Brands are always trying to be our friends on social media. For most, it’s just marketing. But for plus-size e-commerce brand Eloquii, it’s key to the brand’s strategy.
In fashion, plus-size clothing has consistently fallen by the wayside, making it difficult for anyone above a size 14 to find contemporary, trendy clothing that fits. Huge affordable chains like Forever21 often relegate their plus-size lines to a small corner of the store with paltry selection, while plus-size retailer Lane Bryant’s offerings fall short of the trendy fast fashion that has taken off in the industry.
But thanks to social media, gears are slowly turning. Retailers are realizing that the millennial plus-size demographic exists, and there’s a huge market void.
“Plus-size women have historically felt excluded from the fashion conversation, but social media allows them to engage with brands directly and ask for what they want,” said Kelly Goldston, Eloquii’s director of marketing. “And what they want is real fashion.”
If social media is to credit for the rise in plus-size fashion awareness, Eloquii is at the center of that conversation. The brand is filling a niche for plus-size fashion by offering contemporary, fresh-off-the-runway styles for plus-size young women, and paired with that is a close-knit online community of engaged shoppers with whom the brand actively converses.
Over the past four years, the Eloquii brand has gone through a resurgence. Originally launched as a diffusion plus-size brand by The Limited in 2011, the company shuttered a year and a half later. But the original Eloquii team, and its loyal customers, didn’t want to let the brand die, so in 2014, it relaunched independently with Mariah Chase serving as CEO.
“Social media is the whole reason Eloquii exists today,” said Goldston. “The outcry that followed on social media [after shuttering] was stunning.”
The Eloquii team, which operates with 19 employees, diligently responds to customers’ questions, comments and complaints on Facebook and Instagram, where they have 134,000 likes and 23,000 followers. The social media accounts are young, but engagement is high: Some posts pull in over 100 comments. Marie Denee, the blogger behind The Curvy Fashionista, said that retailers — plus-size or not — should take note of what Eloquii is doing.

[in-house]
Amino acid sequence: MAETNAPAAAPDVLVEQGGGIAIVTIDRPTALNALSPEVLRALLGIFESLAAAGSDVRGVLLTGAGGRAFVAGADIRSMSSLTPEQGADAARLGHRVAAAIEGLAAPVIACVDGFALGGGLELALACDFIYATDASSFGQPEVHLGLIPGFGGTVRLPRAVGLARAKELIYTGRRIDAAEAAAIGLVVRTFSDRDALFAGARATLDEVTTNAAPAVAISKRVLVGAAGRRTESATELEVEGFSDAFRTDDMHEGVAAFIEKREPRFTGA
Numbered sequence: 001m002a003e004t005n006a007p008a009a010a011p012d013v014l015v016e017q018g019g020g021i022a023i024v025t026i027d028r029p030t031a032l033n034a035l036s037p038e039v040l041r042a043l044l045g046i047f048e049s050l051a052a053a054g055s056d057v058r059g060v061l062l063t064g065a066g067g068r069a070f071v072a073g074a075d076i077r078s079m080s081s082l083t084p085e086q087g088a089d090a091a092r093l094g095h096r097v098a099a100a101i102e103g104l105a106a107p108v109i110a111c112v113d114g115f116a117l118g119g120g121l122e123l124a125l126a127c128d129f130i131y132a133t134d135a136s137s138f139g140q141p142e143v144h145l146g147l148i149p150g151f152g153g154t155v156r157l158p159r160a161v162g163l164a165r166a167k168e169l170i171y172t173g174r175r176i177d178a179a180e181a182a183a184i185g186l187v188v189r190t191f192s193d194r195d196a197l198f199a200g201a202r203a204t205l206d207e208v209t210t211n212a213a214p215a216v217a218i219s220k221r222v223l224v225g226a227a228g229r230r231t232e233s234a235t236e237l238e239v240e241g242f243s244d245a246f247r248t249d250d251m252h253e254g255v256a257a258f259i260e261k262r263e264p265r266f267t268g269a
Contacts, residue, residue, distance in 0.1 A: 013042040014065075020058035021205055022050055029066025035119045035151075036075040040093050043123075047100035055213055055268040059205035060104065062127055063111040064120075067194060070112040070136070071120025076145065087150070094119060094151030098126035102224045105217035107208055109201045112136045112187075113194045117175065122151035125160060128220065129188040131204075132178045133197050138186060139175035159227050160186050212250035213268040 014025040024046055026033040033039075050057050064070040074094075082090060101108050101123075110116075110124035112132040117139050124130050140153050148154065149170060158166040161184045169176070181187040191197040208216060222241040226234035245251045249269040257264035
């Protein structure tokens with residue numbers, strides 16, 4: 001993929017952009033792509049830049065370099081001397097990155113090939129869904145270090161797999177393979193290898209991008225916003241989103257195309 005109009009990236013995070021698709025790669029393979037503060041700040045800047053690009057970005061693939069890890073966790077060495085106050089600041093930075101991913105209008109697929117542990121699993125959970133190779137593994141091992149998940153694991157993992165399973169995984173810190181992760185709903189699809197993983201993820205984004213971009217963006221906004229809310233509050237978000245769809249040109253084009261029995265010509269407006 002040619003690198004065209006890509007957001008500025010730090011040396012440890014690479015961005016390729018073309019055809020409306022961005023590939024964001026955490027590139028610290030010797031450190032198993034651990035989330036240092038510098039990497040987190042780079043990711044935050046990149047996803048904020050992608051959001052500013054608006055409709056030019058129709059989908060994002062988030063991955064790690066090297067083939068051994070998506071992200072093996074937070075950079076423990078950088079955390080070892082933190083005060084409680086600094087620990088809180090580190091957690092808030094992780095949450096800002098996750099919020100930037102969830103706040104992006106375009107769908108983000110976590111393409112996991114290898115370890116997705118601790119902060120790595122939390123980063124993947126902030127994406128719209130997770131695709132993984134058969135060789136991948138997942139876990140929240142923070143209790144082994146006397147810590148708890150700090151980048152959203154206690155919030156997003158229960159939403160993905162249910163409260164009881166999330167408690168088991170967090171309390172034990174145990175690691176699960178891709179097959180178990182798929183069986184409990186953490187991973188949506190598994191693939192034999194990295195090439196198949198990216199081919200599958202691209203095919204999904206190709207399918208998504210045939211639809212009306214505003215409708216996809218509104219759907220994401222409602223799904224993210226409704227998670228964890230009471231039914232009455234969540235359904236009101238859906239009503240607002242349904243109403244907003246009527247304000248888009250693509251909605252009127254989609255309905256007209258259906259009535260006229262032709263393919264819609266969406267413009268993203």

“They have ears to the ground,” she said. “Even when it’s negative, Eloquii wants to talk. They’re paying attention.”
Goldston affirmed that through social media, its customers are speaking up for what they want and the brand is listening.
“In years past, customers had no way of expressing how disappointed they were with their fashion options,” she said. “I’m plus-size myself and have been disappointed in plus-size fashion for years, but like most plus women, I had low expectations. Now, these women can speak directly to brands via Instagram, Twitter and Facebook.”
Eloquii is not only listening to its customers; it’s hiring them. Kelly Goldston was recruited after the team noticed that she was frequently shopping and returning items, so they called her to find out why, before bringing her on as marketing director. At the time, Goldston was leading customer acquisition marketing for Diapers.com at Quidsi, an Amazon company.
Eloquii, which is solely e-commerce, encourages customers to use the hashtag #XOQ when wearing their purchases. The hashtag populates to Eloquii’s homepage, where potential customers can see how styles look on real buyers.
Social buzz around plus-size contemporary fashion has grown enough that Forever21’s offerings are expanding and Lane Bryant is beginning to target the younger crowd, according to Denee. But thanks to Eloquii’s fresh perspective and flexible e-commerce model, it’s the brand running the show, having been picked up for sale in Nordstrom and seen on actress Melissa McCarthy. It’s also shown real responses to the feedback it gets on social, beyond replies.
“They heard the cries for sizes beyond 24, and in the latest lookbook, that’s what they featured,” said Denee. “It will be interesting to see how the brand continues to grow — I hope they open a store.”
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